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Earlier this year, the FMC voted unanimously to finalize the interpretive rule addressing detention and demurrage charges in the hopes of improving the situation on the ground and improving the supply chain.  Unfortunately, months later, we find ourselves facing significant congestion at our Nation’s largest seaports and allegations that parties in the industry are utilizing detention and demurrage as profit centers rather than the means to incentivize the rapid and constant return of equipment.

I have heard, anecdotally, stories of barriers to the timely return of equipment by shippers, and I have also heard assertions that, due to record levels of movement and full warehouses, some shippers are using the equipment as low-cost storage at a time when the carriers desperately need their equipment back.  Indeed, it seems everyone is at fault and no one is to blame.  I wholeheartedly support the supplemental order issued yesterday so that Commissioner Dye can assess the situation and provide clarity.

I firmly believe that the interpretive rule on detention and demurrage, if followed correctly by all sides, would address 98% of incidents.  This expanded investigation will ensure that all parties are acting in good faith.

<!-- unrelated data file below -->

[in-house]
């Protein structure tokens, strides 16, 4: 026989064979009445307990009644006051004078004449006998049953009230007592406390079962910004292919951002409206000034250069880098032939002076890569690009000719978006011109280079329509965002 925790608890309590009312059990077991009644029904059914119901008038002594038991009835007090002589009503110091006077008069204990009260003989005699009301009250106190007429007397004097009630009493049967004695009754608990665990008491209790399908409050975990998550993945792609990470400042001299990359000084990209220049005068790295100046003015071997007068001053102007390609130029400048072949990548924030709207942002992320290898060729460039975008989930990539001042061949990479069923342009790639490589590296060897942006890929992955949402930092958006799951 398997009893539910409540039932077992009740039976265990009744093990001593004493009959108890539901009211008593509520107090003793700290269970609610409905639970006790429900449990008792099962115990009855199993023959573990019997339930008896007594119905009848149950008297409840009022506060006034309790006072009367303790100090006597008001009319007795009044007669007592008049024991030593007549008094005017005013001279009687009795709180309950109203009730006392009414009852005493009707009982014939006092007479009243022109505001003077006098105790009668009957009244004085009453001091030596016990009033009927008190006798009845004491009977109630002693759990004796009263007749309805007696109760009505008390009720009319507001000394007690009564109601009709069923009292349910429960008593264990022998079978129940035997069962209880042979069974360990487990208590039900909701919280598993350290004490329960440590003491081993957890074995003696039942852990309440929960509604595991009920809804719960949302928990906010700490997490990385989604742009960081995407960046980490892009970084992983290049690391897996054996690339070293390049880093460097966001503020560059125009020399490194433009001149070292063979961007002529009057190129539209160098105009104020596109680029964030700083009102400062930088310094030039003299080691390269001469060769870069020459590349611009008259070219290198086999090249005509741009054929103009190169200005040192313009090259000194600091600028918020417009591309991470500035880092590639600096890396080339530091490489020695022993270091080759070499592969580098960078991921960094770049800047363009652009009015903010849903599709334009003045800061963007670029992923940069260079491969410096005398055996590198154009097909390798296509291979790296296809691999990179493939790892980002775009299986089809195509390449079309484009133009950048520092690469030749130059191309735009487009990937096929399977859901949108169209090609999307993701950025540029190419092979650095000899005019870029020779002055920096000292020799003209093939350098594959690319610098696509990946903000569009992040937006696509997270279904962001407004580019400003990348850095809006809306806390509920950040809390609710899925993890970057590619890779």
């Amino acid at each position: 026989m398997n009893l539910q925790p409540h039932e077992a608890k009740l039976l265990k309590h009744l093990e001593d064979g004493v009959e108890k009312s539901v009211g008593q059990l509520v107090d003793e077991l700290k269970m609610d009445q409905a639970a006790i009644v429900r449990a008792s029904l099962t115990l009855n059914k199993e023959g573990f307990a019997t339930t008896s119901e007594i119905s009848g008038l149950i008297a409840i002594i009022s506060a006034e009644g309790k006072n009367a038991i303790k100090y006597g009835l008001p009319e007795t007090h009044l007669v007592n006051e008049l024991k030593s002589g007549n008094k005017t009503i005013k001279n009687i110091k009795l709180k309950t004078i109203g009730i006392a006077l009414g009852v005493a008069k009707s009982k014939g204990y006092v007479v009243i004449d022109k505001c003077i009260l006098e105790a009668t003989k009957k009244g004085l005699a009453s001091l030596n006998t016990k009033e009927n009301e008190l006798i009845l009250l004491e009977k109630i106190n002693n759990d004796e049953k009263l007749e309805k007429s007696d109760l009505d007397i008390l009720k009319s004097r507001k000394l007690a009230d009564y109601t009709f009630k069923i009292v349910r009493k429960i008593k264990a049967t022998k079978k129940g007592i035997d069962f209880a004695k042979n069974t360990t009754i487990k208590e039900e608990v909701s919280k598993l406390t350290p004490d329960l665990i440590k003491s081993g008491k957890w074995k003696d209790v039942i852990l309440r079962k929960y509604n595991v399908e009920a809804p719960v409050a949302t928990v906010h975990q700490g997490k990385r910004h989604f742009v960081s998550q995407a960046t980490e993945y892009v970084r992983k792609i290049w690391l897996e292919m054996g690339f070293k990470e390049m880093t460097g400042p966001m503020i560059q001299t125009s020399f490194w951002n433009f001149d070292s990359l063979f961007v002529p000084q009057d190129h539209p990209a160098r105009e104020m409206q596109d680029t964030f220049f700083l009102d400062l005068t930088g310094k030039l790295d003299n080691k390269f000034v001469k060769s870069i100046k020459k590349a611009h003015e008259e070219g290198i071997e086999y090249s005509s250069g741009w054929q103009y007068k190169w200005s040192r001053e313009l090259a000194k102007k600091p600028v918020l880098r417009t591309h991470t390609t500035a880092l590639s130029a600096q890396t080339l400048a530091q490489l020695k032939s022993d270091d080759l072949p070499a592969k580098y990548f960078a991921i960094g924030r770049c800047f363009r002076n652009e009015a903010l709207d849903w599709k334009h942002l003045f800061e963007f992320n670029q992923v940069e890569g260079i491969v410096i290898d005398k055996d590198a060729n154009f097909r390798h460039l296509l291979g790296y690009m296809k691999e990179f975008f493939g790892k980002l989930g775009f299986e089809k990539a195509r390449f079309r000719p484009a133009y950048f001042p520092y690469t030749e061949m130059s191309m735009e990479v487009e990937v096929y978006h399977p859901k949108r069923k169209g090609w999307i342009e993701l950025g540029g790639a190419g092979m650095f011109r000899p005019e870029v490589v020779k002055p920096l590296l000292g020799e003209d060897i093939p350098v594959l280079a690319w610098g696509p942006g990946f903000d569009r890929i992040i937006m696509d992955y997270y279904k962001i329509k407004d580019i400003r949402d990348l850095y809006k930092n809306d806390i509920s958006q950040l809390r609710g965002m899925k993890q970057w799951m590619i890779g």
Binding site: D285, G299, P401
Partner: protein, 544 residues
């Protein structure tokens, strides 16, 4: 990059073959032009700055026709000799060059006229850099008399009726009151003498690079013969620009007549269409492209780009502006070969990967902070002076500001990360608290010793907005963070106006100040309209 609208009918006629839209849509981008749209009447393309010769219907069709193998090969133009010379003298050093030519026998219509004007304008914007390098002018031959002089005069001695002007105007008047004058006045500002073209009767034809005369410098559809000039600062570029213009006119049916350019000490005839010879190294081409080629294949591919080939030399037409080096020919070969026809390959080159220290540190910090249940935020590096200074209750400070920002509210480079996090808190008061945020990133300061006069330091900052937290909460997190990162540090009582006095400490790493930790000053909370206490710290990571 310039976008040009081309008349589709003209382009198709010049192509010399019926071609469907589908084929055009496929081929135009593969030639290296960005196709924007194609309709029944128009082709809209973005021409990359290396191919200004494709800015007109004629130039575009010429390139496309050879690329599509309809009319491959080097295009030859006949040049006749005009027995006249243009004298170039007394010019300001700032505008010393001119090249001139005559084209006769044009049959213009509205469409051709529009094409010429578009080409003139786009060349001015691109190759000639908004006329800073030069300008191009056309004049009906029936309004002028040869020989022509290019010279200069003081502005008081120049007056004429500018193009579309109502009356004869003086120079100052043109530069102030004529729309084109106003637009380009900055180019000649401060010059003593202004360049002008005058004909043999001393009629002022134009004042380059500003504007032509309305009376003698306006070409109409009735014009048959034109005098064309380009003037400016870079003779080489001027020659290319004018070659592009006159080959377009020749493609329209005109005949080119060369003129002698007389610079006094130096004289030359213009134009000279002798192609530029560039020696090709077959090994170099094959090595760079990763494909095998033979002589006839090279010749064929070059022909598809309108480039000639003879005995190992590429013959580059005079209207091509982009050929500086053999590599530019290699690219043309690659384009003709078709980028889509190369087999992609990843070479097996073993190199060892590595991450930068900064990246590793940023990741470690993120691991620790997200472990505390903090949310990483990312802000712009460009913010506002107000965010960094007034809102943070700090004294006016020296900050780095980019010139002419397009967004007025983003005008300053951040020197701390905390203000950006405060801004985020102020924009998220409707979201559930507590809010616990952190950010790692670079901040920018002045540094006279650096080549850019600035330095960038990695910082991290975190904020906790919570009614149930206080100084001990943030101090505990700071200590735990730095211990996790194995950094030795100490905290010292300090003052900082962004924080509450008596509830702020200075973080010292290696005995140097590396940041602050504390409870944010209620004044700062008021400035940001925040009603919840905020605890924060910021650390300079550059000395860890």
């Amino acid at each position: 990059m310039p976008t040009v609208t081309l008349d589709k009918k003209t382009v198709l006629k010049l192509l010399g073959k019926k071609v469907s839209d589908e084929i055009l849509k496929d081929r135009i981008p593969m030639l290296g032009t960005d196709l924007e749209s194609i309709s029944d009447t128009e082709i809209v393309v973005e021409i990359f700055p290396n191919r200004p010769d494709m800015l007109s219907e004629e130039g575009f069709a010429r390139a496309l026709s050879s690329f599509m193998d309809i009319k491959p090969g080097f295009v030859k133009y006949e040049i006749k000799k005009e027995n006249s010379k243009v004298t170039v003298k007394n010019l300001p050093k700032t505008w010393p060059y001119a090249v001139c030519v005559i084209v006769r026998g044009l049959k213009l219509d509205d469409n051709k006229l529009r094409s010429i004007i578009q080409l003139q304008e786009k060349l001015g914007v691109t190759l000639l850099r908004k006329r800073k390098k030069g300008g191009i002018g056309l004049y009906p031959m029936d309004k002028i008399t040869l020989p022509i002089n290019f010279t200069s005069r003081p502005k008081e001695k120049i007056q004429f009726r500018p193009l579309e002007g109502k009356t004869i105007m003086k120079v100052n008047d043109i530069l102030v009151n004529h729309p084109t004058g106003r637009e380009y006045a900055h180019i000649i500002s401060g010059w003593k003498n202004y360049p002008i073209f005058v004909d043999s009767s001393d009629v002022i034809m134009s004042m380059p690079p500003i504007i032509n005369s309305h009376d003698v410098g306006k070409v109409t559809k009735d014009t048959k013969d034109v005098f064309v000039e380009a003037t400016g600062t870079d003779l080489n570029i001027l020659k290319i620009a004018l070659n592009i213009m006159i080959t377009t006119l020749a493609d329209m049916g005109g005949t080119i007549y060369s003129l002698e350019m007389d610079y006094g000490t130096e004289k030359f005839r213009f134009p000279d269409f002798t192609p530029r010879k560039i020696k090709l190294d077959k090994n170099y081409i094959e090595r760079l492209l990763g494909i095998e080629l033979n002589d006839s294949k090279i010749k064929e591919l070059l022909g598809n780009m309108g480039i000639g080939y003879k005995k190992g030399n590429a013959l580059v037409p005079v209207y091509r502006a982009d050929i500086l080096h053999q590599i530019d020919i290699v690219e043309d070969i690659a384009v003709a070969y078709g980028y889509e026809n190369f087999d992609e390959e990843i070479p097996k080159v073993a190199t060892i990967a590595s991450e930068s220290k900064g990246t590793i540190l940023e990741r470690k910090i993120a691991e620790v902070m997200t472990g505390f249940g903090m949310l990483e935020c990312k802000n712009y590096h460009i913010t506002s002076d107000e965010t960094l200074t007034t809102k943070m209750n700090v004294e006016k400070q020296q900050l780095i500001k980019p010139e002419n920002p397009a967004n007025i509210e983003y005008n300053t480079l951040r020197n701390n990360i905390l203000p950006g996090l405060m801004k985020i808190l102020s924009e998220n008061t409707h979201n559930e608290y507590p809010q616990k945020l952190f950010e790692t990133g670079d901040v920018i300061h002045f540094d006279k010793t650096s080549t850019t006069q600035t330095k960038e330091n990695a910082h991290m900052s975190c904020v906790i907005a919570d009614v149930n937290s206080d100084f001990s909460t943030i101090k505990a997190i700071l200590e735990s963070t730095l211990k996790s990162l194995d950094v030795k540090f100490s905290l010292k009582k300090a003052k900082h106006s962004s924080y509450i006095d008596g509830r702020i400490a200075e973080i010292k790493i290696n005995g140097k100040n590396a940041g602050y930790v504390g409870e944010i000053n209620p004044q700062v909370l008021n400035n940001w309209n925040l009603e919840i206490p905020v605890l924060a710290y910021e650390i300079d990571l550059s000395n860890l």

As Commissioner Dye continues her good work, I have every faith that she will bring together the appropriate parties to work out a quick solution to the current disfunction at ports which are crucial to our supply chain.  We are at record levels of movements at most ports across the Nation, with some ships having to wait 2-3 days at sea to get a berth.  Now is the time, more than ever, when we need technology, labor, terminals, truckers, rail, and other stakeholders to come together and ensure fast and efficient movement of all goods.  We can not allow the current situation to unduly enrich some and penalize others nor can we allow the current congestion to create an imbalance in the flow of goods.  Exports, as well as imports, must be given adequate attention and protection.  We cannot focus exclusively upon the import side of the equation.  As a nation we must maintain the robust export of American-made goods into the global economy.  If we continue to be a nation focused upon the consumption of imports, and neglect to ensure our export market is protected, our economy’s foundation is as doomed as ancient Rome.

Louis E. Sola is a Commissioner with the U.S. Federal Maritime Commission. The thoughts and comments expressed here are his own and do not necessarily represent the position of the Commission.

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